What are key-in-knob and key-in-lever door locks?
A key-in-knob lock is a lock housed within a door knob that is unlocked with a key. The lock and barrel mechanism are mounted inside the door knob with the keyhole facing to the exterior. The other side of the door knob typically contains a locking and unlocking button or dial, so that keys are not required every time you wish to open the door.
The key-in-lever lock operates in exactly the same way, but is housed in a different type of handle mechanism.
How do key-in-knob or lever locks work?
When the door is locked, the latch bolt is held strongly in place so that the door cannot be opened (i.e. the knob can't be turned). To unlock it, a key is inserted in the lock and turned. Without going too deeply into the internal mechanics, the ridges on the key align with wafers inside the lock tumbler until the wafers are clicked into place by the guide pins, allowing the lock to be opened. The door knob may then be used normally.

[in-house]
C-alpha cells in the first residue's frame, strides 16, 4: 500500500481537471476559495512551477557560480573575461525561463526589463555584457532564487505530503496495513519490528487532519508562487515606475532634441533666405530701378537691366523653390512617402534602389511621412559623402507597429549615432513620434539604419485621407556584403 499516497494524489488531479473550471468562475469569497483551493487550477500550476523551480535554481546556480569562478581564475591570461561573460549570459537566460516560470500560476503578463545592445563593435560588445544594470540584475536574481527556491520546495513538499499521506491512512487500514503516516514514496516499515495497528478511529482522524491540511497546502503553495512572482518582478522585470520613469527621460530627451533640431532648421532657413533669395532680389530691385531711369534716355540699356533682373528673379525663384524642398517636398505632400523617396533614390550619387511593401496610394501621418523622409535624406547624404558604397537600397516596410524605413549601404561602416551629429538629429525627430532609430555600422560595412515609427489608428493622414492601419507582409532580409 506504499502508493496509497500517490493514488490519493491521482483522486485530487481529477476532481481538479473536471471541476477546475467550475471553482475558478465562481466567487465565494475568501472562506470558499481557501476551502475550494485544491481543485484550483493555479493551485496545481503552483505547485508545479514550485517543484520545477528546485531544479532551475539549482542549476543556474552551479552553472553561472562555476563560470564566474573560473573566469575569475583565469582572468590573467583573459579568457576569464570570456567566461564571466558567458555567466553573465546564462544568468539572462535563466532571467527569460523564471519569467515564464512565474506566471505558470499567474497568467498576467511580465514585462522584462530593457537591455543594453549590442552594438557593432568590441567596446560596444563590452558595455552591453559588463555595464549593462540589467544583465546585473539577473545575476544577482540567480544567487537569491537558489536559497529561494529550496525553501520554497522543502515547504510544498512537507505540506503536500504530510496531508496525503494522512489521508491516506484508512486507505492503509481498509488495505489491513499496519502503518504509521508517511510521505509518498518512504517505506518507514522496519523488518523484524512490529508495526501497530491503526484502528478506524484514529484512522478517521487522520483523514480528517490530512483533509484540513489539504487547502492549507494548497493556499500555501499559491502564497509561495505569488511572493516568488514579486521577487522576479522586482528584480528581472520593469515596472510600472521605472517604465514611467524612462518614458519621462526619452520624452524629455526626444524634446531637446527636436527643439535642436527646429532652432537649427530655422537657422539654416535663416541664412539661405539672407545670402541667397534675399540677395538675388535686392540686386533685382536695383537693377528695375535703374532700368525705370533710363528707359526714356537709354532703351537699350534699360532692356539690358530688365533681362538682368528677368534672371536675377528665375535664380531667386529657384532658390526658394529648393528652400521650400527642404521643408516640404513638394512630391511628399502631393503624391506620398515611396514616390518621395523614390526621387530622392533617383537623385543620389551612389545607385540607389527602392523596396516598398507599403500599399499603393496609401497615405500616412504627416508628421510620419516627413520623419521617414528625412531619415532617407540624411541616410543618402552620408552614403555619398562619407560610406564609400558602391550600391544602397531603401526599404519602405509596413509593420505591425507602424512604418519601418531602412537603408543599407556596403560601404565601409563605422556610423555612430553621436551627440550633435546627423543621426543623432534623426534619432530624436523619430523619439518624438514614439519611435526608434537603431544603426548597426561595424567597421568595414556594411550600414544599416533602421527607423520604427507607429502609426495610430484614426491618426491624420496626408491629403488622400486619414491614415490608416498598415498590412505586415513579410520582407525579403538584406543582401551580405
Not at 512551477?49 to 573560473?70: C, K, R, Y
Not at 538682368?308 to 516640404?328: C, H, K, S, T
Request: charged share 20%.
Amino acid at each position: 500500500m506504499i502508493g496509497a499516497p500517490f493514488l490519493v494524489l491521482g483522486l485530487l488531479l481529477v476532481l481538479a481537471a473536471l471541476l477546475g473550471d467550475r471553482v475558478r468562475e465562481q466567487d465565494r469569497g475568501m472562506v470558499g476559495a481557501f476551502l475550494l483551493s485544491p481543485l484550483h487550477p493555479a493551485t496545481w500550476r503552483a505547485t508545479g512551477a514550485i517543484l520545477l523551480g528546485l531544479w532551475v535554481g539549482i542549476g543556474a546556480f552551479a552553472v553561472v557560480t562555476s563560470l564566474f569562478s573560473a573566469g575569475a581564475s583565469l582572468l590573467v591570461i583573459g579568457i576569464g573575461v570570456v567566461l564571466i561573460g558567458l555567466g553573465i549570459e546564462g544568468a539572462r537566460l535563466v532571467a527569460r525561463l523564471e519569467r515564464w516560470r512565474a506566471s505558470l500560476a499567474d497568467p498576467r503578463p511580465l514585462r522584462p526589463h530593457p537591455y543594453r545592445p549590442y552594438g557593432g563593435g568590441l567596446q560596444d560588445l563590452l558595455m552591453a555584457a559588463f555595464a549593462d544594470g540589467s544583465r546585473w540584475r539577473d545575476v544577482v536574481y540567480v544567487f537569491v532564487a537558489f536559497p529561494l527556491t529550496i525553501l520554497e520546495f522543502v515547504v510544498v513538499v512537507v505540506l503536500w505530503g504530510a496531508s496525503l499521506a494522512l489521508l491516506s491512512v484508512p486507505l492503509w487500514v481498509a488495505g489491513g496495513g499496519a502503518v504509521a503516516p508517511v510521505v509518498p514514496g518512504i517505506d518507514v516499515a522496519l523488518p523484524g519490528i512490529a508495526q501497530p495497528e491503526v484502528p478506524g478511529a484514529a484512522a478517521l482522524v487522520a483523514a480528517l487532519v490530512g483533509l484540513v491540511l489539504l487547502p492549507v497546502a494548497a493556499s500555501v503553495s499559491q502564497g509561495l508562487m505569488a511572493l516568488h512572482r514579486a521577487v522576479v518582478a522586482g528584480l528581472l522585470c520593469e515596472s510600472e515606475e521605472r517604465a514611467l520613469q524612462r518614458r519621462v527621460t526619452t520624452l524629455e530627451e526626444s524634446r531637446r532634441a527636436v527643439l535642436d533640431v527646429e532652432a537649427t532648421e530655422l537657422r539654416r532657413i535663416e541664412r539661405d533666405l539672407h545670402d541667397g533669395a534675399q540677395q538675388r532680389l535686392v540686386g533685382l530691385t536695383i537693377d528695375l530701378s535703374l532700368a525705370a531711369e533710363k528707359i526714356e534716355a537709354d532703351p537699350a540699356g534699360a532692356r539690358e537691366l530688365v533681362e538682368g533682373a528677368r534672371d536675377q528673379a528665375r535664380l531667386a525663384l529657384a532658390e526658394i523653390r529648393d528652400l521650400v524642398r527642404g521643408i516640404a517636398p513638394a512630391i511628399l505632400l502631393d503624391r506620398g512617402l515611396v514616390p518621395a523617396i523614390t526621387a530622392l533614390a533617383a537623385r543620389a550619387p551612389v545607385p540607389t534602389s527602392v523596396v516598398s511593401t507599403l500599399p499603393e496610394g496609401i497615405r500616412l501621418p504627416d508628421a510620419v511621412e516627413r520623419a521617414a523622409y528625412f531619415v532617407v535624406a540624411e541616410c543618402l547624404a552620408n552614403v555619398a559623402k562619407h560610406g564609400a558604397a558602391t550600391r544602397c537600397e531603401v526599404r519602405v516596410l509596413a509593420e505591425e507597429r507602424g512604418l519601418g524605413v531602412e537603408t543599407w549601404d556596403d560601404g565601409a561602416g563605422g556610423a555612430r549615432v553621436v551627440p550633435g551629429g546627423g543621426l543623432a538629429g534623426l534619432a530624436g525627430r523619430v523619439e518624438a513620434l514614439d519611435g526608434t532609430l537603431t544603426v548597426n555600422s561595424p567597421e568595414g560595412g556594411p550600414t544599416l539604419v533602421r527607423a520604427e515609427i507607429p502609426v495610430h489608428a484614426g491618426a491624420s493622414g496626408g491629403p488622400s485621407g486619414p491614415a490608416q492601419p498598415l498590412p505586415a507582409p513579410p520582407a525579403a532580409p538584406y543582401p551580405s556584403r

Where are key-in-knob or lever locks used?
These locks are usually found on exterior doors, as there is often little need to lock interior doors so seriously, although they can be located anywhere there’s a door knob or lever.
Are there any variations?
Though the styles of door knob or lever may vary, the locks within them are all fairly standard and will usually only differ by brand and the size of the lock required. As these locks are housed within the door handle itself, they are usually factored into the design by the manufacturer of the handle in partnership with a lock company.